Los Angeles
July 2016 Los Angeles Rent Report

Los Angeles Rent Growth

In Los Angeles, rent prices showed flat growth between May and June, and are up 3.3% over last year. A 1-bedroom in Los Angeles has a median rent price of $1,930, while a 2-bedroom costs $2,630.

Besides Los Angeles, Pasadena is the most expensive city for renters

  • Pasadena: Pasadena comes in 2nd to Los Angeles for highest median rents for the month of June. 2-bedrooms in Pasadena have a median price of $2,600 while 1-bedrooms cost $2,130. Rents in Pasadena have increased by 7.1% over the past year, and are up 0.5% over last month.
  • Glendale: Glendale comes in 3rd for most expensive rents, with a median 2-bedroom price of $2,480. Rents there have grown 1.2% in the last month, but have declined by 1.0% year-over-year.
  • Long Beach: Long Beach places 7th for most expensive LA rents. A 2-bedroom in Long Beach costs $1,950, while 1-bedrooms go for $1,430. Rents there have grown by 8.0% in the past year, the most of any Los Angeles metro.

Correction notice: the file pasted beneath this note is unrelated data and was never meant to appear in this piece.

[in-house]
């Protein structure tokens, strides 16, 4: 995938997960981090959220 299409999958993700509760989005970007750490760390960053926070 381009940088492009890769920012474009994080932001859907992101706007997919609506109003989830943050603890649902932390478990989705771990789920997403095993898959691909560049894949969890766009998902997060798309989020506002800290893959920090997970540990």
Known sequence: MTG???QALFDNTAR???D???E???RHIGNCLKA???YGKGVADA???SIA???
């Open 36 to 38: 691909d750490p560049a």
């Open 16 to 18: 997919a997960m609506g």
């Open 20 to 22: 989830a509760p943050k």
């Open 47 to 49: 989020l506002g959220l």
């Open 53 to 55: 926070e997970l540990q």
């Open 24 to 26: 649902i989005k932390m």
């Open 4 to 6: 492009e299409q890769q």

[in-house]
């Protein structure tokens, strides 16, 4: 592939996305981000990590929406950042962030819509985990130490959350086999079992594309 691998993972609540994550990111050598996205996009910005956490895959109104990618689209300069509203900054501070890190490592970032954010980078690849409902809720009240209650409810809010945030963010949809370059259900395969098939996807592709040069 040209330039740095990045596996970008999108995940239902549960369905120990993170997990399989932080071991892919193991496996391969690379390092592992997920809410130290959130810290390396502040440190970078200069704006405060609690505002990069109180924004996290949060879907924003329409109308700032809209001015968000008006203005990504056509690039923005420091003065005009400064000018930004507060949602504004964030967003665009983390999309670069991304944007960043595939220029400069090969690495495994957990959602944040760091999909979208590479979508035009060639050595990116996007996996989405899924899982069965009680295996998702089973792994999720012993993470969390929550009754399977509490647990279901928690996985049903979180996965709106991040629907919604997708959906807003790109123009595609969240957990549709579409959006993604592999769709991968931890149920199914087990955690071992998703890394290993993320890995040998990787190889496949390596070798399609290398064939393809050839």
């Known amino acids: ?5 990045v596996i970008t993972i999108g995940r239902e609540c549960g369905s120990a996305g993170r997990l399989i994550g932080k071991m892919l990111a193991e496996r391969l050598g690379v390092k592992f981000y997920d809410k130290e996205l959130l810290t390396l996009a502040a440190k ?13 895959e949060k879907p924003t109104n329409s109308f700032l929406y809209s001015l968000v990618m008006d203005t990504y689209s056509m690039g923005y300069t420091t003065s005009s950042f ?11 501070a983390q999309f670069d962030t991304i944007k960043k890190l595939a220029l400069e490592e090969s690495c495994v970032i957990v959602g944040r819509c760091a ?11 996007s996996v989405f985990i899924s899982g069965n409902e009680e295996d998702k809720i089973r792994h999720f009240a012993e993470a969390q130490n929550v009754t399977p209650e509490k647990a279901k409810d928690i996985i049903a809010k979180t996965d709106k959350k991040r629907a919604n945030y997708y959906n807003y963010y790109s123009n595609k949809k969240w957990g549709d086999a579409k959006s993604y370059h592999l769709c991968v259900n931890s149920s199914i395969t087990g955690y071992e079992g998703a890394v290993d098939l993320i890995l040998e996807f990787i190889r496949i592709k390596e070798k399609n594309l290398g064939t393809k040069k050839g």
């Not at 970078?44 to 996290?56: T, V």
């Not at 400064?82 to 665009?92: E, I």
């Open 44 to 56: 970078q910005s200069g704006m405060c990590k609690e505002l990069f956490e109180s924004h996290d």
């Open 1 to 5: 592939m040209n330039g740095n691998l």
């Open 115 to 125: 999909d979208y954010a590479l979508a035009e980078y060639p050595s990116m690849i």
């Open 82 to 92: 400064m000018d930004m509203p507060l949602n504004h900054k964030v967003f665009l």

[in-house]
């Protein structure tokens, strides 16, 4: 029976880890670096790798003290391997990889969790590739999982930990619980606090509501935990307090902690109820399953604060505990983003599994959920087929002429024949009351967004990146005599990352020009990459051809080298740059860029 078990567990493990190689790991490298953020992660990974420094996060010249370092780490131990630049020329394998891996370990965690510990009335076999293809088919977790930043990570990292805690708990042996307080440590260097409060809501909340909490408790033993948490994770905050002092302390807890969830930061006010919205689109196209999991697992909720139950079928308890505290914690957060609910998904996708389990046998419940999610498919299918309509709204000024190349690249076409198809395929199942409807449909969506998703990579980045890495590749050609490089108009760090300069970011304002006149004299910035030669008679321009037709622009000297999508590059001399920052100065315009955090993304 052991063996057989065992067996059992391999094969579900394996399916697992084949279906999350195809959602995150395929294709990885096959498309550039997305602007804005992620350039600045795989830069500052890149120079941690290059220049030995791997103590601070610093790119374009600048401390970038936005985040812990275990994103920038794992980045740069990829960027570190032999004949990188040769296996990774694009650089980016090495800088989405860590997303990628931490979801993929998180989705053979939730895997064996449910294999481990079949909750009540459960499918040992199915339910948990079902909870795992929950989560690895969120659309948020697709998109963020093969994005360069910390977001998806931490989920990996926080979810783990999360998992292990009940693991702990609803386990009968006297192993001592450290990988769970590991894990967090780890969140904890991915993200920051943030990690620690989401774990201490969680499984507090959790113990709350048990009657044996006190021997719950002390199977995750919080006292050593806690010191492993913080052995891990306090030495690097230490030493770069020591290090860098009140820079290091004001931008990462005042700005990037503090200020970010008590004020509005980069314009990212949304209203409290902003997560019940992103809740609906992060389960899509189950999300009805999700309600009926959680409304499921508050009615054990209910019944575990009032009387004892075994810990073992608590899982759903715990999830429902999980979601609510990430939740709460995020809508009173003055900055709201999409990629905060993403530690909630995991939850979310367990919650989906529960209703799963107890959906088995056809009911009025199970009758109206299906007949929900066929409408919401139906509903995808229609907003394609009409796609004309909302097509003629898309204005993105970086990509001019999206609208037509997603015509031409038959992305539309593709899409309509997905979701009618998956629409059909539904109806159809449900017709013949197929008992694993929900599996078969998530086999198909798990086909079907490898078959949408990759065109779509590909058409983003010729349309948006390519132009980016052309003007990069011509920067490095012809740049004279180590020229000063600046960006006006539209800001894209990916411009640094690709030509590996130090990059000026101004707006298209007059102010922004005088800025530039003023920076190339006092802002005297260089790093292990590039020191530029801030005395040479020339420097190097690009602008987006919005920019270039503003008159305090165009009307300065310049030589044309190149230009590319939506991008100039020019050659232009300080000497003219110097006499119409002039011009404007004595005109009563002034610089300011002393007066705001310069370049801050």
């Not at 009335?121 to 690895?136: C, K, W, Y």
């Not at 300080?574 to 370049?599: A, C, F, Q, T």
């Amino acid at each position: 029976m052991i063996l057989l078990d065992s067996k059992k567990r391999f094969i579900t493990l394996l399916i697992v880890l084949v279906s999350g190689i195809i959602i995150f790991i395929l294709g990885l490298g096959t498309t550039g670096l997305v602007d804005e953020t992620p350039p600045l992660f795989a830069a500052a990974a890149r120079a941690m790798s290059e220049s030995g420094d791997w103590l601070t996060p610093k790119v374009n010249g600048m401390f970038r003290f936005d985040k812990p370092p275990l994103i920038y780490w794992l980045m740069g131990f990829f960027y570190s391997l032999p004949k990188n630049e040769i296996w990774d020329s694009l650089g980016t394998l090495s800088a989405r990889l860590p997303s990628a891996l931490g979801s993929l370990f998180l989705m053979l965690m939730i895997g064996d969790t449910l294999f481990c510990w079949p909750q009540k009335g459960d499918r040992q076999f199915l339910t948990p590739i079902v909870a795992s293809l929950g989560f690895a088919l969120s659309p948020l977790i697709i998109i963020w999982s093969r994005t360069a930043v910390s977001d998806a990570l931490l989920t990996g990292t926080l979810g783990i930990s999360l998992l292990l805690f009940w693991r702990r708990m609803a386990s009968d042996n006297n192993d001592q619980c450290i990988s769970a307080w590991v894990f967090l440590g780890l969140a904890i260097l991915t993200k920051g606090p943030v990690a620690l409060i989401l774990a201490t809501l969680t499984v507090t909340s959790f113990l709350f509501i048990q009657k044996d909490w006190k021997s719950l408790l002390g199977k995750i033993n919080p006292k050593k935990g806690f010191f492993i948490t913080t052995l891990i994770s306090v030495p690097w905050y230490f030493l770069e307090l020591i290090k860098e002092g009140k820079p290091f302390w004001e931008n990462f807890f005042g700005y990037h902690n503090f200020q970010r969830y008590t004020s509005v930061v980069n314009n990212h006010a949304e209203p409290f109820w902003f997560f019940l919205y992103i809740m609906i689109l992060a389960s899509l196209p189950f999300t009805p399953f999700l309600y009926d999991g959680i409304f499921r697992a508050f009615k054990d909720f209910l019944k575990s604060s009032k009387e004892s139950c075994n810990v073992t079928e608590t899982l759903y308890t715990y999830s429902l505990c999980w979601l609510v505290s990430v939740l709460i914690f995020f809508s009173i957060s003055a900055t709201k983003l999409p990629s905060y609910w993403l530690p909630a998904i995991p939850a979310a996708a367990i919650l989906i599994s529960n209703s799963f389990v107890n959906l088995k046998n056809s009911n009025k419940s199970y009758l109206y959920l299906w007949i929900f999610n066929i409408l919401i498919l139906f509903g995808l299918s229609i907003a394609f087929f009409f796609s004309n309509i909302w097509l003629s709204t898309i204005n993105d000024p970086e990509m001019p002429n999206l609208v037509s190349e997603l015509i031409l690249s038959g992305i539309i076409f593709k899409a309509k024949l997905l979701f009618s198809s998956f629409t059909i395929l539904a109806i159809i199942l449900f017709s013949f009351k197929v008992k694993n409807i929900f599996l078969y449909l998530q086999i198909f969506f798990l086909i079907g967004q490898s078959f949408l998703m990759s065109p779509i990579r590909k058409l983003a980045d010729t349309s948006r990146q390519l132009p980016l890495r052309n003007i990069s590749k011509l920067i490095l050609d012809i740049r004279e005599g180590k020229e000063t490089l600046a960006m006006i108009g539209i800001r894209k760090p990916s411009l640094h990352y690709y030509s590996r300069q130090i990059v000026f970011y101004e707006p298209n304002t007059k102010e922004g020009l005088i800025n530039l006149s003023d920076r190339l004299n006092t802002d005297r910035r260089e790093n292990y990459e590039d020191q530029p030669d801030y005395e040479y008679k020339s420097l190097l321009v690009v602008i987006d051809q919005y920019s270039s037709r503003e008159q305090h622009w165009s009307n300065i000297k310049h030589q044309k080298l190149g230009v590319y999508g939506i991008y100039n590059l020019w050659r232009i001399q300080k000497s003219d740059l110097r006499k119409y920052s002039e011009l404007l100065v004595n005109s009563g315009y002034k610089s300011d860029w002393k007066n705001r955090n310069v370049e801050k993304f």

Westwood is Los Angeles’ most expensive neighborhood

  • Westwood: Just west of Beverly Hills, Westwood takes the lead as Los Angeles’ most expensive neighborhood. A 2-bedroom in Westwood costs $4,300, while 1-bedrooms run a median price of $2,980. Westwood rents are up by 2.9% over June 2015.
  • Downtown Los Angeles: Downtown Los Angeles shows the 3rd highest rents for Los Angeles neighborhoods. A 2-bedroom in Downtown Los Angeles runs a median price of $3,130, with 1-bedrooms at $2,530. Rents in Downtown Los Angeles have increased by 0.5% in the past year.
  • Mid-Wilshire: Mid-Wilshire comes in 6th for most expensive Los Angeles neighborhoods at $2,700. A 1-bedroom in Mid-Wilshire runs a median price of $1,750, with rents 0.1% lower than they were last year.

For more information check out our national report. You can also access our full data for cities and counties across the U.S. at this link.

City Median 1 BR price Median 2 BR price M/M price change Y/Y price change
Los Angeles $1930 $2630 0.0% 3.3%
Pasadena $2130 $2600 0.5% 7.1%